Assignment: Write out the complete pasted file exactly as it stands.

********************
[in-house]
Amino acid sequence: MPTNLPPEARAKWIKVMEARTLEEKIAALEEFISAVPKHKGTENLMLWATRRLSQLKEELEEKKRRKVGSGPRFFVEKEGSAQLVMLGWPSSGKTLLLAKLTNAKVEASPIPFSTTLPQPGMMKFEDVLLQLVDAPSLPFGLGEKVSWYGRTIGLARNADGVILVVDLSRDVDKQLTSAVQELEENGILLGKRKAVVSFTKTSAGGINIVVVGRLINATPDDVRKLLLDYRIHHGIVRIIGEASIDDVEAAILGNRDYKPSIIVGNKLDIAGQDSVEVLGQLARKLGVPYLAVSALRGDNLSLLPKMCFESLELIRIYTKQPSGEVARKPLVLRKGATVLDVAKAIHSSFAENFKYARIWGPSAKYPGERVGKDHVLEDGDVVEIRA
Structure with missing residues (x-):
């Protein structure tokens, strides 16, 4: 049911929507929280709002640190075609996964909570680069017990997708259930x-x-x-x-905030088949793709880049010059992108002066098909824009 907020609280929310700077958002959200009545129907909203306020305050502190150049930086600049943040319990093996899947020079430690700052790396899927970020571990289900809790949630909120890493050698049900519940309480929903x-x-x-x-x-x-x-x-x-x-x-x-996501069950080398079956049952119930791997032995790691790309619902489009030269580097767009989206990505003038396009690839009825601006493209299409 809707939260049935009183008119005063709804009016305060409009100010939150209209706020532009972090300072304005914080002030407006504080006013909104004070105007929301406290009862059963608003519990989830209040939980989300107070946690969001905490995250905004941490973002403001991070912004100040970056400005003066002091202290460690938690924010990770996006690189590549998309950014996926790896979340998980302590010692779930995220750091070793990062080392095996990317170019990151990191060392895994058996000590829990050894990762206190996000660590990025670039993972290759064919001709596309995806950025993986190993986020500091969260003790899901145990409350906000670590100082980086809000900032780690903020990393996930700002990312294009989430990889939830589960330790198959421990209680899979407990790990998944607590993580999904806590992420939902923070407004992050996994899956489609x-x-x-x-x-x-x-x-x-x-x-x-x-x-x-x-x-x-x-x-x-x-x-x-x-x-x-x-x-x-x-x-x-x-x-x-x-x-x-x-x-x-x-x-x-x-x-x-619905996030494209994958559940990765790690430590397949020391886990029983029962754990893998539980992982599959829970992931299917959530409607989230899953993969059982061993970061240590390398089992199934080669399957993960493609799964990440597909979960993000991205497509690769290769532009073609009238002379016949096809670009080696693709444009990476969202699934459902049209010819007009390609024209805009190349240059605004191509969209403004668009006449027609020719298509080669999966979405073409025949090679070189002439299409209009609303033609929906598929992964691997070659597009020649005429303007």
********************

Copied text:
[in-house]
Amino acid sequence: MPTNLPPEARAKWIKVMEARTLEEKIAALEEFISAVPKHKGTENLMLWATRRLSQLKEELEEKKRRKVGSGPRFFVEKEGSAQLVMLGWPSSGKTLLLAKLTNAKVEASPIPFSTTLPQPGMMKFEDVLLQLVDAPSLPFGLGEKVSWYGRTIGLARNADGVILVVDLSRDVDKQLTSAVQELEENGILLGKRKAVVSFTKTSAGGINIVVVGRLINATPDDVRKLLLDYRIHHGIVRIIGEASIDDVEAAILGNRDYKPSIIVGNKLDIAGQDSVEVLGQLARKLGVPYLAVSALRGDNLSLLPKMCFESLELIRIYTKQPSGEVARKPLVLRKGATVLDVAKAIHSSFAENFKYARIWGPSAKYPGERVGKDHVLEDGDVVEIRA
Structure with missing residues (x-):
């Protein structure tokens, strides 16, 4: 049911929507929280709002640190075609996964909570680069017990997708259930x-x-x-x-905030088949793709880049010059992108002066098909824009 907020609280929310700077958002959200009545129907909203306020305050502190150049930086600049943040319990093996899947020079430690700052790396899927970020571990289900809790949630909120890493050698049900519940309480929903x-x-x-x-x-x-x-x-x-x-x-x-996501069950080398079956049952119930791997032995790691790309619902489009030269580097767009989206990505003038396009690839009825601006493209299409 809707939260049935009183008119005063709804009016305060409009100010939150209209706020532009972090300072304005914080002030407006504080006013909104004070105007929301406290009862059963608003519990989830209040939980989300107070946690969001905490995250905004941490973002403001991070912004100040970056400005003066002091202290460690938690924010990770996006690189590549998309950014996926790896979340998980302590010692779930995220750091070793990062080392095996990317170019990151990191060392895994058996000590829990050894990762206190996000660590990025670039993972290759064919001709596309995806950025993986190993986020500091969260003790899901145990409350906000670590100082980086809000900032780690903020990393996930700002990312294009989430990889939830589960330790198959421990209680899979407990790990998944607590993580999904806590992420939902923070407004992050996994899956489609x-x-x-x-x-x-x-x-x-x-x-x-x-x-x-x-x-x-x-x-x-x-x-x-x-x-x-x-x-x-x-x-x-x-x-x-x-x-x-x-x-x-x-x-x-x-x-x-619905996030494209994958559940990765790690430590397949020391886990029983029962754990893998539980992982599959829970992931299917959530409607989230899953993969059982061993970061240590390398089992199934080669399957993960493609799964990440597909979960993000991205497509690769290769532009073609009238002379016949096809670009080696693709444009990476969202699934459902049209010819007009390609024209805009190349240059605004191509969209403004668009006449027609020719298509080669999966979405073409025949090679070189002439299409209009609303033609929906598929992964691997070659597009020649005429303007």